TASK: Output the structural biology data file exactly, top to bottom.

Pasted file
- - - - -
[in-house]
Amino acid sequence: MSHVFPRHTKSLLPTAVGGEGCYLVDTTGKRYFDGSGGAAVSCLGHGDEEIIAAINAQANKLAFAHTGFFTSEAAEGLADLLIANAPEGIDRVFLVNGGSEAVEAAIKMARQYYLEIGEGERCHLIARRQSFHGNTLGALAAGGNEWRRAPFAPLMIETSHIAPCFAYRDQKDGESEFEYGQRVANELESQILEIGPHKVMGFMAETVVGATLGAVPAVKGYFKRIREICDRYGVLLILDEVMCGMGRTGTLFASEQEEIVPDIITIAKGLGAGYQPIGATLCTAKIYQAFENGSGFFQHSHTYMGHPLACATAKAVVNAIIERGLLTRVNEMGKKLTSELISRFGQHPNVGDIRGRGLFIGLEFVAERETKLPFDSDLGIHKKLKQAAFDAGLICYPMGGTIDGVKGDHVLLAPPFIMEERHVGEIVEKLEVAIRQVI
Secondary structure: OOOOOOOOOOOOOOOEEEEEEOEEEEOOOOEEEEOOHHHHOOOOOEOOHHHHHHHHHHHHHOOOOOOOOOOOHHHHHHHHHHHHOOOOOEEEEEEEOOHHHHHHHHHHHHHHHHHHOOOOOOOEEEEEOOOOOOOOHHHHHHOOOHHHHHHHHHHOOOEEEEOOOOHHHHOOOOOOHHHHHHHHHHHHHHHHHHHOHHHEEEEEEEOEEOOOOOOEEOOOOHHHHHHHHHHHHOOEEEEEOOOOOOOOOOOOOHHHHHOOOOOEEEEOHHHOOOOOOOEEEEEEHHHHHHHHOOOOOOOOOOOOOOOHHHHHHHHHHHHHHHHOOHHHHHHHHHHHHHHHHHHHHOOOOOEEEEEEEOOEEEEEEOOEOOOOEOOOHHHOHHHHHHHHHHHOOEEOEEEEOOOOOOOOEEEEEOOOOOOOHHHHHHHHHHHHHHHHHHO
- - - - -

[in-house]
Amino acid sequence: MSHVFPRHTKSLLPTAVGGEGCYLVDTTGKRYFDGSGGAAVSCLGHGDEEIIAAINAQANKLAFAHTGFFTSEAAEGLADLLIANAPEGIDRVFLVNGGSEAVEAAIKMARQYYLEIGEGERCHLIARRQSFHGNTLGALAAGGNEWRRAPFAPLMIETSHIAPCFAYRDQKDGESEFEYGQRVANELESQILEIGPHKVMGFMAETVVGATLGAVPAVKGYFKRIREICDRYGVLLILDEVMCGMGRTGTLFASEQEEIVPDIITIAKGLGAGYQPIGATLCTAKIYQAFENGSGFFQHSHTYMGHPLACATAKAVVNAIIERGLLTRVNEMGKKLTSELISRFGQHPNVGDIRGRGLFIGLEFVAERETKLPFDSDLGIHKKLKQAAFDAGLICYPMGGTIDGVKGDHVLLAPPFIMEERHVGEIVEKLEVAIRQVI
Secondary structure: OOOOOOOOOOOOOOOEEEEEEOEEEEOOOOEEEEOOHHHHOOOOOEOOHHHHHHHHHHHHHOOOOOOOOOOOHHHHHHHHHHHHOOOOOEEEEEEEOOHHHHHHHHHHHHHHHHHHOOOOOOOEEEEEOOOOOOOOHHHHHHOOOHHHHHHHHHHOOOEEEEOOOOHHHHOOOOOOHHHHHHHHHHHHHHHHHHHOHHHEEEEEEEOEEOOOOOOEEOOOOHHHHHHHHHHHHOOEEEEEOOOOOOOOOOOOOHHHHHOOOOOEEEEOHHHOOOOOOOEEEEEEHHHHHHHHOOOOOOOOOOOOOOOHHHHHHHHHHHHHHHHOOHHHHHHHHHHHHHHHHHHHHOOOOOEEEEEEEOOEEEEEEOOEOOOOEOOOHHHOHHHHHHHHHHHOOEEOEEEEOOOOOOOOEEEEEOOOOOOOHHHHHHHHHHHHHHHHHHO